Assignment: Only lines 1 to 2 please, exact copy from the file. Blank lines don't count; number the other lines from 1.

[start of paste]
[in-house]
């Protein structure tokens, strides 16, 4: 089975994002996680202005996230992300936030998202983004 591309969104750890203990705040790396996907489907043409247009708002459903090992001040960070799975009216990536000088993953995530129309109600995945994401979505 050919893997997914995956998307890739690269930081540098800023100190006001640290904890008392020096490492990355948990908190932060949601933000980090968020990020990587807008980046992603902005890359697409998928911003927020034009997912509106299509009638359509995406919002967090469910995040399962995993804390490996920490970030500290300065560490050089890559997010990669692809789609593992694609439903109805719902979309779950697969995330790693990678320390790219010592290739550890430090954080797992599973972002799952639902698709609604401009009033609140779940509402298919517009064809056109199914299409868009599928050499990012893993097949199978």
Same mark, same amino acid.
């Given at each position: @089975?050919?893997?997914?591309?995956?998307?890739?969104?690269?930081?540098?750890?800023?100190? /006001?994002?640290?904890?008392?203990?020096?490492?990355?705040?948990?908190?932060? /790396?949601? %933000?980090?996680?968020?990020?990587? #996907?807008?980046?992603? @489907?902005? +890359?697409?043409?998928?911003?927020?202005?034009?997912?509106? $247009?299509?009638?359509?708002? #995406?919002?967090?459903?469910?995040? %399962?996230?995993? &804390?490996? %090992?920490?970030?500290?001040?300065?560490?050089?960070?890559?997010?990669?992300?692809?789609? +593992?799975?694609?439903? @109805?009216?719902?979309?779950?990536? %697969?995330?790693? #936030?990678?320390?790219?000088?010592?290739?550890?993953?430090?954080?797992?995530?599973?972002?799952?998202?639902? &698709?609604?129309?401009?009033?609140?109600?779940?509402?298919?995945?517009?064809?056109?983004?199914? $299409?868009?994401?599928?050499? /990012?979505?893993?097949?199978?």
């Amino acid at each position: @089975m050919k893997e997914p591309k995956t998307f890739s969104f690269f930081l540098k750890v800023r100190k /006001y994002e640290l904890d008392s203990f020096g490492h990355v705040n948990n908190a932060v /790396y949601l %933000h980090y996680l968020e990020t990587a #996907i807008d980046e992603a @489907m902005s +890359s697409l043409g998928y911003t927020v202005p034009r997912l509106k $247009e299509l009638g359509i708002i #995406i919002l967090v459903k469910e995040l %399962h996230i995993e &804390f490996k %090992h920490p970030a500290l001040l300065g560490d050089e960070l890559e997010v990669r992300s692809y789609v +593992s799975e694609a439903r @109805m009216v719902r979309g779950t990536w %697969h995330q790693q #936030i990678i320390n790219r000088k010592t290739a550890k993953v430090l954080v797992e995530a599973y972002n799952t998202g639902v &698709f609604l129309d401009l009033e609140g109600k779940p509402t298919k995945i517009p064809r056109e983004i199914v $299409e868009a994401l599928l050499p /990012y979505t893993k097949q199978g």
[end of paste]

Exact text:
[in-house]
């Protein structure tokens, strides 16, 4: 089975994002996680202005996230992300936030998202983004 591309969104750890203990705040790396996907489907043409247009708002459903090992001040960070799975009216990536000088993953995530129309109600995945994401979505 050919893997997914995956998307890739690269930081540098800023100190006001640290904890008392020096490492990355948990908190932060949601933000980090968020990020990587807008980046992603902005890359697409998928911003927020034009997912509106299509009638359509995406919002967090469910995040399962995993804390490996920490970030500290300065560490050089890559997010990669692809789609593992694609439903109805719902979309779950697969995330790693990678320390790219010592290739550890430090954080797992599973972002799952639902698709609604401009009033609140779940509402298919517009064809056109199914299409868009599928050499990012893993097949199978």